Robust Vehicle Routing Solutions to Manage Time Windows in the Case of Uncertain Travel Times

Robust Vehicle Routing Solutions to Manage Time Windows in the Case of Uncertain Travel Times

Gerrit K. Janssens (Hasselt University, Belgium), Kusuma Soonpracha (Kasetsart University, Thailand), Tharinee Manisri (Sripatum University, Thailand) and Anan Mungwattana (Kasetsart University, Thailand)
DOI: 10.4018/978-1-4666-7258-1.ch021
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The vehicle routing problem requires mostly meta-heuristics to find approximate solutions. Congestion makes it hard for planners to find good routes because travel times are uncertain. The problem is handled by building scenarios with a range of possible travel times to represent the uncertainty. The main goal is to find a robust solution, which performs “well” in bad scenarios. The experiments show that robust results are obtained in a computationally reasonable time, which means that the concept can be used by practitioners. Most applications are commercial, but also social applications exist. An earthquake or a flood might lead to road disruptions. Higher traffic delays appear due to lower speed on flooded roads or due to time spent on finding alternative routes. Routing like evacuation of wounded or delivery of food is hardly studied. The work is inspired by the 2011 flooding in Thailand.
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Vehicle Routing Problems (VRPs) are a class of combinatorial problems which are challenging to the scientific society of operations researchers. On the one hand, this popularity is due to the high level of difficulty of finding optimal solutions to the problems of a rather large size. On the other hand, the popularity relates to the fact that this problem appears in many practical situations and mostly in a variant which is even much harder than the classical VRP.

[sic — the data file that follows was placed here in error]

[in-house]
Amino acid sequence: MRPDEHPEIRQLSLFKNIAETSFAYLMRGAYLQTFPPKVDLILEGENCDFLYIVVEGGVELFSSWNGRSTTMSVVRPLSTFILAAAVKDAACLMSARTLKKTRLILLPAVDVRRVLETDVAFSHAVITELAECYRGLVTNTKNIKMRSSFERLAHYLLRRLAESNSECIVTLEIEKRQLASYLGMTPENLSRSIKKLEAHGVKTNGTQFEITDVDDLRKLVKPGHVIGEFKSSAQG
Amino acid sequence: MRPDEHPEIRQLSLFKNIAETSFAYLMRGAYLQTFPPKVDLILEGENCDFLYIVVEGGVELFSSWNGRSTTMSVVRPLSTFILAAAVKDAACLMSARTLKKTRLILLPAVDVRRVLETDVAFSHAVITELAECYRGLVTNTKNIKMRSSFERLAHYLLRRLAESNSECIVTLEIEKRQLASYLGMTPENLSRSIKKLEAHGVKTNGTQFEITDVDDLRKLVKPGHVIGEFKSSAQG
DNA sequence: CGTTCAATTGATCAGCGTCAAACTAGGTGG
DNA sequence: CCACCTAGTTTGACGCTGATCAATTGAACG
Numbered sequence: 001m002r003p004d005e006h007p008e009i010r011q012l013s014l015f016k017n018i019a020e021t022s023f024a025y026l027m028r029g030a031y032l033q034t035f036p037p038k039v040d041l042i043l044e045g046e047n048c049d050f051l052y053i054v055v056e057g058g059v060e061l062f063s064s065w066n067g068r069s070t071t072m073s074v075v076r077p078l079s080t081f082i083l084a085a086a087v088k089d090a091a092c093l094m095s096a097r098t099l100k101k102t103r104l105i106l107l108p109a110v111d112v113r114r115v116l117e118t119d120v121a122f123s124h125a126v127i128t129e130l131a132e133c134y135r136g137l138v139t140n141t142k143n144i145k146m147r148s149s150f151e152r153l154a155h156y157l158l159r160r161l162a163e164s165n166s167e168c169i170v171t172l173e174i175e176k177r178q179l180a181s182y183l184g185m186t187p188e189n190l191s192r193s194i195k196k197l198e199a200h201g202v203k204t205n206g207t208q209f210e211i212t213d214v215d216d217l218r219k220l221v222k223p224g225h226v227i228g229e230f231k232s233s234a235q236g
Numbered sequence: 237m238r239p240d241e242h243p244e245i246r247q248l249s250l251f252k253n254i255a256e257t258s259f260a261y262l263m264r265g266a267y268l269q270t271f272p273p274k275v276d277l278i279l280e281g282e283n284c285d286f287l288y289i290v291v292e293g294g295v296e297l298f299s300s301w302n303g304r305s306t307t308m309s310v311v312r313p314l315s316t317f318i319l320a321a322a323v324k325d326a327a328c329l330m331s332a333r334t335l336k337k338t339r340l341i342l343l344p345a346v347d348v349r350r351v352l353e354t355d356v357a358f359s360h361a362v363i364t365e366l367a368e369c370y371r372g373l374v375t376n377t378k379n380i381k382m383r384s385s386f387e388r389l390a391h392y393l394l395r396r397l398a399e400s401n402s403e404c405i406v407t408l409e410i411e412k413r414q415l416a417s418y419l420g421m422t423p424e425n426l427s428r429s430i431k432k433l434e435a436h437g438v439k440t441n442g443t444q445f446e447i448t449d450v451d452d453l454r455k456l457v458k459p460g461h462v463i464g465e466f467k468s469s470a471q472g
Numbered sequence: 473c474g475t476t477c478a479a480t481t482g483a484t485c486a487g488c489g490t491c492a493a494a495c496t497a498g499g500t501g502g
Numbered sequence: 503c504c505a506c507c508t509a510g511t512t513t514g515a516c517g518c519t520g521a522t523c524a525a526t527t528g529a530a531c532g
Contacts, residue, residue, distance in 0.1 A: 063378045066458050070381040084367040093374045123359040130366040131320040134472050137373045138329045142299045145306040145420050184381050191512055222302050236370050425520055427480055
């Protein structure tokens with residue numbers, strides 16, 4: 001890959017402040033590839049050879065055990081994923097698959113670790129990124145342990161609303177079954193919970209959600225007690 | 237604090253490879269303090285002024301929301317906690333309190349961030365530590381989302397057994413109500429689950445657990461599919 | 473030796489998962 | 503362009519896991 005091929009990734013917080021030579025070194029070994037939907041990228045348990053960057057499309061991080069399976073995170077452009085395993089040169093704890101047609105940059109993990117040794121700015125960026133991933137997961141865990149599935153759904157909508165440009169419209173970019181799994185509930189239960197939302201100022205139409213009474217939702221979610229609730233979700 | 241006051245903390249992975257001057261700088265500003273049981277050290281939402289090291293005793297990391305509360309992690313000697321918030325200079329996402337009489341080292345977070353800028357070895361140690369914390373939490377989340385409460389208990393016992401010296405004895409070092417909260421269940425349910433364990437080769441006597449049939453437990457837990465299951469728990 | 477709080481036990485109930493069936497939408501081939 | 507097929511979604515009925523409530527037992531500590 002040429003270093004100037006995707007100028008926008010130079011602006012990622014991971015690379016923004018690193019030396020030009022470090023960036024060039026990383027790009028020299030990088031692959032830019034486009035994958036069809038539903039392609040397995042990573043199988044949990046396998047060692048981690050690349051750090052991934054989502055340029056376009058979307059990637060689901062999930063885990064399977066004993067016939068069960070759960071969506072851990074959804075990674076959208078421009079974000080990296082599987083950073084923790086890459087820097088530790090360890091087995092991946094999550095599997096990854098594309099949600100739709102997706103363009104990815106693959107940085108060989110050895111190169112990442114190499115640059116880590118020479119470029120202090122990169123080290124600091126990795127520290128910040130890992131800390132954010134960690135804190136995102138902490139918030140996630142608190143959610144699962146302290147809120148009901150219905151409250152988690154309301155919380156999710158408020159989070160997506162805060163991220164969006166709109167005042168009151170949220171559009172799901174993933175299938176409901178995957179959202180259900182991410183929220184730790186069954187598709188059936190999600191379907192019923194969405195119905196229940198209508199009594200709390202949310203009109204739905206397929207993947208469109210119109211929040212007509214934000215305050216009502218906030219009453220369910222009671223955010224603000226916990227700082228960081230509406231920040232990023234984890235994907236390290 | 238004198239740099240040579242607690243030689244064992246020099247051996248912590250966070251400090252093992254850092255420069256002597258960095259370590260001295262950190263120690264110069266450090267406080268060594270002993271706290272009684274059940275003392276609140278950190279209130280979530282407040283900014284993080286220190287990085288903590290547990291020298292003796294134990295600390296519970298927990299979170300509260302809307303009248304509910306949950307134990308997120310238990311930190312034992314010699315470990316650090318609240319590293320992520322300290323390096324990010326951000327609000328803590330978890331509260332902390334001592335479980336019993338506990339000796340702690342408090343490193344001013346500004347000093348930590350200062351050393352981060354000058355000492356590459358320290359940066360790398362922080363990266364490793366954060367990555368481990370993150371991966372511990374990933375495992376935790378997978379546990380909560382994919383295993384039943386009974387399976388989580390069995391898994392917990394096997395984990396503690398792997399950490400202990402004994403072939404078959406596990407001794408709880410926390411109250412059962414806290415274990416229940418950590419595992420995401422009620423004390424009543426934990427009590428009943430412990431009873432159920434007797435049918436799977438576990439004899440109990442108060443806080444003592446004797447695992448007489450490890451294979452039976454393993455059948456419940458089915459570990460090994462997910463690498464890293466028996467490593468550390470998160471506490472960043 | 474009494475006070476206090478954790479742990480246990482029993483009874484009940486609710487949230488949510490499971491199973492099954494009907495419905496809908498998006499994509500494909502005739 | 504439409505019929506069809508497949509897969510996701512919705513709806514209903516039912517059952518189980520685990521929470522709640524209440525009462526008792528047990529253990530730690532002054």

From a computational point of view, the field of Operations Research, during decades, has spent an enormous effort on the Traveling Salesman Problem (TSP). The importance that the TSP got from the scientific community deals with the wealth of applications, but even more by the fact that it is a typical problem in its genre: combinatorial optimization. While the problem setting of a TSP is easy to understand in terms of minimizing a total distance with some constraints, the problem has not been solved satisfying some formal standards of efficiency. A selection of the abundance of literature on the TSP, its history, its variants and its solution methods has been published in the classical book, edited by Lawler, Lenstra, Rinnooy Kan, and Shmoys (1985).

The last chapter in that book is dedicated to the Vehicle Routing Problem (Christofides, 1985). The vehicle routing is of higher complexity than the TSP as it concerns a (previously unknown) number of vehicles (and not just one salesman) and it takes capacity of the vehicles into consideration. That chapter opens the door to researchers in the field of combinatorial optimization to take up the challenge to look for efficient solution methods for a problem which is much more complex than the TSP.

The basic version of the VRP is called the capacitated VRP. All customers relate to deliveries, have fixed demands, known in advance and cannot be split. The vehicles are identical, leave from and return to a single depot and only the capacity is considered as a vehicle-related constraint. The objective is to minimize the total cost (expressed in terms of total distance, or total travel time, or total number of vehicles). Due to its interest from the transport and logistics industry, the VRP needed to be enriched with more features from the real world.

While each application might introduce its case-specific constraints leading to multiple variants on the VRP, a number of classical variants appear abundant in literature. Four classical extensions are formulated in Toth and Vigo (2002), which relate to the following practical aspects: maximal route-length (distance-constrained VRP), time windows (VRP with time windows), separated line-haul and backhaul customers (VRP with backhauls), and mixed services (VRP with pick-up and delivery).